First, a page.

The kids started their own scrapbooks last year after I saw the idea over at Pink Ronnie and was reminded of my own childhood scrapbooks.
Both kids absolutely love it.
I knew Aoife would, but I thought Kirby was too young to get it. It turns out I was wrong! He LOVES it! Aoife loves having somewhere to jot down all her special memories, “like a diary, mummy”, and stick all the bits and pieces she’s collected along the way. Kirby loves sticking down pictures that mean something to him and chatting about them. It keeps them occupied for ages.
Saying that, it took us a while to figure out how to make the kids scrapbooks part of our routine, so today I thought I’d share some things we’ve learned along the way.
1) Set aside a regular time and place for the kids to play around in the scrapbook.
If you don’t set a time, it won’t happen. Not regularly anyway. How often you choose to do it depends on how busy your lives are. You won’t always be able to do it when you want to, but knowing it’s coming up makes you more prepared and gives the kids something to look forward to.
What works for us: During the winter months, the kids worked on their scrapbooks every other Saturday afternoon. Now summer is coming and we’re out and about a lot more, we’re re-evaluating. We’ll have more to scrapbook, but less time to do it. It looks like it’ll be our main rainy day activity.
2) Have everything set up for when they sit down.
Try taking a few minutes to set up before the kids sit down at the table. This is easier said than done, I know (I swear Aoife has some sort of weird 6th sense for crafting- I just have to think about setting up and she’s there!), but it really does make life so much easier.
What works for us: I keep a little box with supplies, as well as the ephemera we’ve saved, near the breakfast bar where we do our crafting. Set up takes two minutes tops. While I set up, I busy the kids with something in another room.
3) Set aside some special supplies that are just for scrapbooking.
Set aside some supplies especially for the kids scrapbooks. It takes the stress out of it for you (no scrambling to find suitable supplies at the last minute), and the kids love using their special supplies.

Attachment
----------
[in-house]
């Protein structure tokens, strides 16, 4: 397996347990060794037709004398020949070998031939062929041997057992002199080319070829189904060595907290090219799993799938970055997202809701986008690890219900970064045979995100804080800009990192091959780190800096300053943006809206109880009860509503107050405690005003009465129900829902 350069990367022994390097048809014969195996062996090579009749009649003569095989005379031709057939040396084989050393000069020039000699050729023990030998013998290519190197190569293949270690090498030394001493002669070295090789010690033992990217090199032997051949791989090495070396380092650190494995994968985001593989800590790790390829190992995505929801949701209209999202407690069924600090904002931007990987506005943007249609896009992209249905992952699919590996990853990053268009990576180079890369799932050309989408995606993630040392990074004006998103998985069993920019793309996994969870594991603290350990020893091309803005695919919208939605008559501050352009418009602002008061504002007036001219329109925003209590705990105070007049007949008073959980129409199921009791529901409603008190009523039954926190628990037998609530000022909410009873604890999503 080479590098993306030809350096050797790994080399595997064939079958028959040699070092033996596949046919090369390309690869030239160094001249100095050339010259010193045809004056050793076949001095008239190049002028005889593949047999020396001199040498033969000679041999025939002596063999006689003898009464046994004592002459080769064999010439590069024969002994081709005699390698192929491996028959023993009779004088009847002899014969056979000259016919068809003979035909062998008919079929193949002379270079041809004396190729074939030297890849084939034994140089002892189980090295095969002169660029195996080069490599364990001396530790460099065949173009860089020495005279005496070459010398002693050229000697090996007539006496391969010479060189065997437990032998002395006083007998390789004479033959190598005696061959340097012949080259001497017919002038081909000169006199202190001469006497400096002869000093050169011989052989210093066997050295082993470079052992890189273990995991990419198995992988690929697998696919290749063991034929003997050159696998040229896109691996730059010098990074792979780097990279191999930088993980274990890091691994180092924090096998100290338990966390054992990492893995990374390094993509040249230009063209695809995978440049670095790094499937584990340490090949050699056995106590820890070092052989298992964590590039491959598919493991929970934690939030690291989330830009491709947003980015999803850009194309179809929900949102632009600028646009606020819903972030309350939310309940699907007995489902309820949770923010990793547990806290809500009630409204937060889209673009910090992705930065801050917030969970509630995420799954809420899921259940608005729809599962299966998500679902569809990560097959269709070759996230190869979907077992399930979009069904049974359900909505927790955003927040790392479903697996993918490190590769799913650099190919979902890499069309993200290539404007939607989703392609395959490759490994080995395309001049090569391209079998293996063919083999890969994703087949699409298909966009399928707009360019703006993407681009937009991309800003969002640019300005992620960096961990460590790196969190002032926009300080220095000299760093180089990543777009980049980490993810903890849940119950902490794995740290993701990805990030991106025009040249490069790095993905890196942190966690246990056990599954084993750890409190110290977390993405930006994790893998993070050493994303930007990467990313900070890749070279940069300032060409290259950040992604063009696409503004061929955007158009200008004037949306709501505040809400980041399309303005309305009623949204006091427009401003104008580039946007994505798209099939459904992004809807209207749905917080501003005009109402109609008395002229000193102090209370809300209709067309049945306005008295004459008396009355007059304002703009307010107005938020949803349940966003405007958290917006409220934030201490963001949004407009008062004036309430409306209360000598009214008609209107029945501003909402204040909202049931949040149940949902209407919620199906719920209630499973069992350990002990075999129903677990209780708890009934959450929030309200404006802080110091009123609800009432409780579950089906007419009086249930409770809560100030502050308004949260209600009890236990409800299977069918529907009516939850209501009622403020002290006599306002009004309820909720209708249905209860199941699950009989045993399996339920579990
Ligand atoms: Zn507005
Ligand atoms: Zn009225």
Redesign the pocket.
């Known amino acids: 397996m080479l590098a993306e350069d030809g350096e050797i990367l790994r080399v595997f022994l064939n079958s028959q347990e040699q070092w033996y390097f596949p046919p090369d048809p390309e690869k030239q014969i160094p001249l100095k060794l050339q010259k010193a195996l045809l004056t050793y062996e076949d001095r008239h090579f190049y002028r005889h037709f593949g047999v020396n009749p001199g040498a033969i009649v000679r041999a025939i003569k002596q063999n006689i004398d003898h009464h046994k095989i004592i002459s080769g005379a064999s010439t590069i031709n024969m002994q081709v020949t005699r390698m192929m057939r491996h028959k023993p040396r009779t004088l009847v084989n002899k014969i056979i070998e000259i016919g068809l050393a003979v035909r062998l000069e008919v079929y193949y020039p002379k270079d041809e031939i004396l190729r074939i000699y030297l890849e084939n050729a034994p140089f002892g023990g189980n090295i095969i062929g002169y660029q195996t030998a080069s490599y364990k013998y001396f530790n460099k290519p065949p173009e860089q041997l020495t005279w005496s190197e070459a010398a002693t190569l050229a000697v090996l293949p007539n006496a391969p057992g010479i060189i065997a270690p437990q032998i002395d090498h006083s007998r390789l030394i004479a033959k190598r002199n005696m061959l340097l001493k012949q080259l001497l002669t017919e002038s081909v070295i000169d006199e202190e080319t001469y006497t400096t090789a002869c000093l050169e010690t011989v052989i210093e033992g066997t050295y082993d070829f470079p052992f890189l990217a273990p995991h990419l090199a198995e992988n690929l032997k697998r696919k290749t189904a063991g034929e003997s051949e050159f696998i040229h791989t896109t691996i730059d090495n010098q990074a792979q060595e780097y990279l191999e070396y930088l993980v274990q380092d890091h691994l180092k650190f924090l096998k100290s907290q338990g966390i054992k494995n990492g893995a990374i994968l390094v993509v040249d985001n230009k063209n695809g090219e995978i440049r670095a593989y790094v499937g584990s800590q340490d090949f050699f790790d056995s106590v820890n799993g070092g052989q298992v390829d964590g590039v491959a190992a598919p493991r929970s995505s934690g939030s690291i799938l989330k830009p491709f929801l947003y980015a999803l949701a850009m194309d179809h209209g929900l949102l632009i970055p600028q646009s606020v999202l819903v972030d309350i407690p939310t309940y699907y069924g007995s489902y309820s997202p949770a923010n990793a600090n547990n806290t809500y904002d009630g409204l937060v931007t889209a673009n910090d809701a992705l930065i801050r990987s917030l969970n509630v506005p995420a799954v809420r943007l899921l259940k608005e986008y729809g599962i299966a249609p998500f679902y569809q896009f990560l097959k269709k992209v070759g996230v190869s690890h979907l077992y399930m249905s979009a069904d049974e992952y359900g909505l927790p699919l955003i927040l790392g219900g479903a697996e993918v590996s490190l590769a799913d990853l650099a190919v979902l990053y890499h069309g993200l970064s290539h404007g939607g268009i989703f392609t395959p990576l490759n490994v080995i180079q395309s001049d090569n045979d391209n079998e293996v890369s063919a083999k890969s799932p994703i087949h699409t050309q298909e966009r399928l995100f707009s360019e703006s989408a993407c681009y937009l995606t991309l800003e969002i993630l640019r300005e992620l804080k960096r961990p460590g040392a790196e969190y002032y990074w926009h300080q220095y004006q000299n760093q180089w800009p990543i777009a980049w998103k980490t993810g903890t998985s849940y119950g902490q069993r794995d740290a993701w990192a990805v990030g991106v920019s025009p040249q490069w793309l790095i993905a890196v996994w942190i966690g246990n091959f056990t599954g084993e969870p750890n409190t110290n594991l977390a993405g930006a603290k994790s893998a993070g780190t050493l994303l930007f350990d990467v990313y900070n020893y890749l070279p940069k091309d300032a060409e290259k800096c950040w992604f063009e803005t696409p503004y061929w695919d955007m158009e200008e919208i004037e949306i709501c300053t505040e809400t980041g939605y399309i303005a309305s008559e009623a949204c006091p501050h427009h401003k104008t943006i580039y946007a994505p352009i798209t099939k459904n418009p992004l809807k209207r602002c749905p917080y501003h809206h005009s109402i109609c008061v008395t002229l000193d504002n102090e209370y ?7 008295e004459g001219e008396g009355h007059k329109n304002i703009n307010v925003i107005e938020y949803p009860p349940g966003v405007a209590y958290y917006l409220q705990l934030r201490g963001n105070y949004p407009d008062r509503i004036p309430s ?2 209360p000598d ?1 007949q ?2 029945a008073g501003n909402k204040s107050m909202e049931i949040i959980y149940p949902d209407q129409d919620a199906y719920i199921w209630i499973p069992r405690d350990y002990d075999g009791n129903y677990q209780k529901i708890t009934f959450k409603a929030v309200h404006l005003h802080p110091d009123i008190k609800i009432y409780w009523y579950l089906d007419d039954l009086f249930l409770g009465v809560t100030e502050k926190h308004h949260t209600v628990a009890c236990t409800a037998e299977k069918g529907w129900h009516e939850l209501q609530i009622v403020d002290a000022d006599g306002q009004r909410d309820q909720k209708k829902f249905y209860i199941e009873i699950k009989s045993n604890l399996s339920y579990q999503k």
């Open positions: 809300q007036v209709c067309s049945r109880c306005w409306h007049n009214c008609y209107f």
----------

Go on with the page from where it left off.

What works for us: I keep a small box with coloured pencils, glue sticks, stickers, labels and the like tucked away in the kitchen. I swap some things around regularly to keep them guessing. They still have access to their normal craft supplies (and mine!), but love opening the box to see what’s in it and rarely use anything else.
As a side note; I do this with homework supplies too- Aoife has a special jar with supplies (a couple of pencils, a ruler, a sharpener, and an eraser) for homework. I keep the pencils sharpened and the eraser clean so she can launch into whatever homework she has to do with minimum effort.
4) Keep ephemera in a safe place.
Keep ticket stubs, etc in one place until it’s time to scrapbook. Put them in an envelope in the supply box, or some other safe place. The ephemera may or not trigger the kids’ memories.
What works for us: At the moment I keep everything in a plastic pocket in my home management file (yes, I’m that woman! Stop rolling your eyes at me!). When we’re ready to play in the scrapbooks, I set everything out on the breakfast bar, so they can pick and choose themselves.
5) Give advice and ideas as needed, but try not to steer their work.
I love seeing how the kids sometimes hardly mention something that I consider a big event, but then make a whole page on something I consider insignificant. It’s their scrapbook, so give advice and make suggestions as needed, but let them choose what to include.
What works for us: I keep a little list on my phone of what we’ve done since the last time we played in the scrapbooks. The night before, or early the same morning, I jot them down on a piece of paper for the kids and print out a few corresponding pictures on printer paper. Sometimes they tick off the entire list and use every photo, other times they pick one or two items (or something I don’t even know about/ consider “important”). The choice is theirs.
6) Let toddlers draw and glue.
Let toddlers and preschoolers draw and stick things in wherever they fancy. You can always write a note in the margins explaining what the page is about.
What works for us: Kirby loves seeing the pictures I have printed out and starts chatting about them straight away. He chooses what pictures to add, sticks them in, and draws or sticks things all around them. I write a note explaining the page in the margins, or add a little note of some sort.
7) Keep it fun.
Let go of your ideas of what the scrapbook is supposed to look like and let the kids have fun! If they think it’s a drag, they won’t do it. Zip your lips and let them do it their way (within reason).
What works for us: We put on some catchy music and have a good sing along while playing in the scrapbooks at the breakfast bar. It’s often part scrapbooking, part party.
Photos posted with the kids permission.
How do you keep your kids’ memories? Do they take an active part in their own memory-keeping?